Bernard Charles Ecclestone. Suffolk trawlerman’s son. Racing driver. Car dealer. Driver manager. Team owner. Pint-sized godfather of modern Formula 1. Ringmaster of the most political sport in the world. Businessman. Billionaire.
Admired. Feared. Loathed.
On the wrong side of racing purists, Munich prosecutors and a Labour Party funding scandal. On the wrong side of the law, too, if you wish to believe the mythology surrounding the Great Train Robbery – but, as you’ll hear later from the man himself, there wasn’t enough cash in that for it to be worth his involvement.
Bernie. The man whose name and number reside in my mobile phone, but who in more than 12 months I have yet to summon the nerve to call. Somehow the journey from explaining how I have his number to asking for an interview feels like an insurmountable leap. Worse than asking a girl out on a date. Worse even than asking her father if you can marry her. Fear and trepidation. Clammy hands and a sweaty brow. Pull yourself together.
“Hello?” The voice is unmistakable, but the speaker is unwilling to give the game away.
“Mr Ecclestone?” For the 30 years I’ve followed Formula 1, he has always been Bernie, but what else am I going to call him?
“Who is it?” Polite but detached.
“Jim Holder from Autocar. I hope you’ve heard of us; I was wondering if you’d be available for an interview.”
“That’s the magazine that’s as old as me, isn’t it?” He’s 89 years old and sharp as a button. We’re 125. I can almost feel him thinking: ‘Here’s how I find out if this bloke’s for real.’
“Older, actually – assuming you’ve been telling the truth about your age all these years.” Why oh why did I feel the need to crack a joke?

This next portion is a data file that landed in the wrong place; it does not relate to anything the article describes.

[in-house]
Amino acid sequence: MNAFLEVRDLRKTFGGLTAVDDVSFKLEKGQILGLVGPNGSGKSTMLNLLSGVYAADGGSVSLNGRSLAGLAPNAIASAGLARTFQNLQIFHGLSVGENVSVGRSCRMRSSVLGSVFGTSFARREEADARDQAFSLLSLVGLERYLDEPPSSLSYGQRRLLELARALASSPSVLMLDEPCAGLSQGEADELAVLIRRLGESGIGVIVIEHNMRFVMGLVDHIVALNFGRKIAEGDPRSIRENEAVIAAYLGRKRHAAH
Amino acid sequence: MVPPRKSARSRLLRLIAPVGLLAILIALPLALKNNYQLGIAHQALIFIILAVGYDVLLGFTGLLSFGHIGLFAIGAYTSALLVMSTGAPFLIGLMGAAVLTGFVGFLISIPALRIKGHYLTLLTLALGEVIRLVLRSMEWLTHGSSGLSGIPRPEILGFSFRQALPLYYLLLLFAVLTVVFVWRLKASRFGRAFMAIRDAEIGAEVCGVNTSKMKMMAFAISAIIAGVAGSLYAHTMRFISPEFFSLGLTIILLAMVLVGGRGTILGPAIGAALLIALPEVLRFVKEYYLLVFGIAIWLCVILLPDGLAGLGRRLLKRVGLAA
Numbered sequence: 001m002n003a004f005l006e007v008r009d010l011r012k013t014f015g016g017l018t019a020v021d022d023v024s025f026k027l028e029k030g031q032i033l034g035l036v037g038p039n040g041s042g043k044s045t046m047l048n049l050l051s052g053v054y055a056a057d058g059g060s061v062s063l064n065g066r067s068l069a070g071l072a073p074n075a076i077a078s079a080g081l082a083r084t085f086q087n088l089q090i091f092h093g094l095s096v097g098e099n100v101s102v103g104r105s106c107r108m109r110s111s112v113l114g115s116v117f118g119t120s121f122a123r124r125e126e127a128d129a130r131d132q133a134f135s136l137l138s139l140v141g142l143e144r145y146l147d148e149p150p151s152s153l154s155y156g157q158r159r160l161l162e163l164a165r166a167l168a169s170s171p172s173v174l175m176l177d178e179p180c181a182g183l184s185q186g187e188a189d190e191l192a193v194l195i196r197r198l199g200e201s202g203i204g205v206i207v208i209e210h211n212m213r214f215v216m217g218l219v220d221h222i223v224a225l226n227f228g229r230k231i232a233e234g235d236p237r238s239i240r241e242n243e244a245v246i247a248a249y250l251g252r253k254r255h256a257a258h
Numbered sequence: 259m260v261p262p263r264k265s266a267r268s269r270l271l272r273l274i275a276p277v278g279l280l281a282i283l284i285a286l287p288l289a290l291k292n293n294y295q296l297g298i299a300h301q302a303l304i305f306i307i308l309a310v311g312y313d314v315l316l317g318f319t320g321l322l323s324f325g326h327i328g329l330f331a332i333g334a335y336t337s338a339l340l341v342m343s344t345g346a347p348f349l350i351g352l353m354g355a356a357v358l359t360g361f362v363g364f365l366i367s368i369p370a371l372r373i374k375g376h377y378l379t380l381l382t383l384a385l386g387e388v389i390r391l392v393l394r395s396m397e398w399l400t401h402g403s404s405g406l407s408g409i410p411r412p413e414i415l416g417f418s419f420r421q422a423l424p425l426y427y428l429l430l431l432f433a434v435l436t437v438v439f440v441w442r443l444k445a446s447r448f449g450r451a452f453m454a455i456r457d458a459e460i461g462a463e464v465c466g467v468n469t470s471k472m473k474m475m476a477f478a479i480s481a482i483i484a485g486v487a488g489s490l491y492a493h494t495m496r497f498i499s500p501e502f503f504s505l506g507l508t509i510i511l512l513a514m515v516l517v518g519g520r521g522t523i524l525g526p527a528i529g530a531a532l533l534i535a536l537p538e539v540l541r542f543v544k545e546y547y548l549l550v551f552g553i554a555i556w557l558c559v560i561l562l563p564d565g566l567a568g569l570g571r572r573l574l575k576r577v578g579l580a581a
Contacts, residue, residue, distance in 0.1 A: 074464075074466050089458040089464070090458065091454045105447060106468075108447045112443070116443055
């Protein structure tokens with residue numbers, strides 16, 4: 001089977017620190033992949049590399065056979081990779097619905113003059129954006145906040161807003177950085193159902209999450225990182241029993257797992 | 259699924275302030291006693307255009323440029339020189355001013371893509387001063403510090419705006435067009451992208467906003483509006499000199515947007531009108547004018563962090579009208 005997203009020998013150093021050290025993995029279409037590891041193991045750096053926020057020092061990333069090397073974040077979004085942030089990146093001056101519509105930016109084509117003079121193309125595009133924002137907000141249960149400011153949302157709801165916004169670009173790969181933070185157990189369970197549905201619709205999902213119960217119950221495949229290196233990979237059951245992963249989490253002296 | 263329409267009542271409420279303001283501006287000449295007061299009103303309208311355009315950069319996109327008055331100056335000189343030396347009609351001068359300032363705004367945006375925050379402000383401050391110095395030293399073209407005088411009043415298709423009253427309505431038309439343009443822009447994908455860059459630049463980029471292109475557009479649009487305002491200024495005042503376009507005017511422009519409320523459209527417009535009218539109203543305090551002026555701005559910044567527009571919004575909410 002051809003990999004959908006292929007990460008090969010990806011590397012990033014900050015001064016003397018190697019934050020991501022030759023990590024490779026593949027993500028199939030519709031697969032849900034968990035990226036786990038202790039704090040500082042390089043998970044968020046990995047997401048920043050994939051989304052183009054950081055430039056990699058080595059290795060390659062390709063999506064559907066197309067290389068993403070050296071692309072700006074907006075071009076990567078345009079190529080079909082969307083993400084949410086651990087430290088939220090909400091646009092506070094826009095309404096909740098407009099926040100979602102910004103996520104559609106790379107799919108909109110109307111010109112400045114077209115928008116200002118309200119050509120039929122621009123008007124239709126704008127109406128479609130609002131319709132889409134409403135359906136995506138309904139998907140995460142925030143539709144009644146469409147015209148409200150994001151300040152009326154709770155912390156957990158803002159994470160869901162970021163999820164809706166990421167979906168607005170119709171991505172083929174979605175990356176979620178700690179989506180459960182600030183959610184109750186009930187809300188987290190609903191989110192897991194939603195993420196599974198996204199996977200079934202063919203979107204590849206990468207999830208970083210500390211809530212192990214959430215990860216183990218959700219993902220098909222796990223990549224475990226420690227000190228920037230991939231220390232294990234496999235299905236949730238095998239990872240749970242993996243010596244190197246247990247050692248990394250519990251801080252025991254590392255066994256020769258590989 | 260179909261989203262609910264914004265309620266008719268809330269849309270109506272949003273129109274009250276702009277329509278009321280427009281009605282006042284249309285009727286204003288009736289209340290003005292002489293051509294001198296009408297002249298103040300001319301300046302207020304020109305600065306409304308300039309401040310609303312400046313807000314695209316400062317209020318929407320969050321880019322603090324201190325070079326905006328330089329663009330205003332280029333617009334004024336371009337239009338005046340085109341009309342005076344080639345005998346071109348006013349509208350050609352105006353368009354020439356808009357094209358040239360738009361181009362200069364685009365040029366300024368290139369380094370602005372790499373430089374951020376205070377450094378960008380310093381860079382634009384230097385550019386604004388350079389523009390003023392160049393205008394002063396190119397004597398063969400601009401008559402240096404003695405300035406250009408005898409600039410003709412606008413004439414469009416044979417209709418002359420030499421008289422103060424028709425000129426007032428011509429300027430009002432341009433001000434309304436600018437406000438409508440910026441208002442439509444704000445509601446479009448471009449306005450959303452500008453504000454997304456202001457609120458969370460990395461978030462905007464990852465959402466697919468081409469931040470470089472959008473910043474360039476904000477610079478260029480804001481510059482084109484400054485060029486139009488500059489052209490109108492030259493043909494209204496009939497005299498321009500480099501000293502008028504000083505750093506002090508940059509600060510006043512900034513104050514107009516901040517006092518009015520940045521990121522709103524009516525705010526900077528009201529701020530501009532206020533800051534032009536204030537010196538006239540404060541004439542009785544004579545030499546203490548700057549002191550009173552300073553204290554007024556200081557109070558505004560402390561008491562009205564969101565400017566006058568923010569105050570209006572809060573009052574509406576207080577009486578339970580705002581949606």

“Right, yes, no problem. I’ll call you back with a date.” A chuckle, warmer now. Phew.
That’s it. He’s gone. Perhaps to Google the history of Autocar.
He doesn’t call back, but now I have an excuse to chase. Ecclestone is always polite, sometimes apologetic, but busy.
And then one day in early March my phone rings. “What are you doing at 11 o’clock tomorrow?”
At five to the hour I rock up at his offices, prepped to go toe to toe but ready for the runaround. I think back to all the interviews with Ecclestone I’ve ever seen or read. Has anyone ever managed to pin him down?
I ring the bell and walk in. I meet his personal assistant, who directs me to a room. And there he is: Mr Ecclestone. Just about as short as short adults can be, casual blue jeans, crisp white shirt, neat goatee and looking fitter than anyone his age has any right to be. Charming, too.
Autocar: How are you? We haven’t heard from you for a little while.
Bernie Ecclestone: Well, I’m still here. According to the newspapers, most of us are going to die [from the coronavirus], but I seem to be fine.
AC: Do you worry about dying?
As a second question, that’s rather left field, but this, I quickly learn, is how it goes with Ecclestone. You can ask whatever you want, but don’t expect to get long answers. No time to think, no time to consider. Just keep up, be prepared to push for what you want and work hard for answers.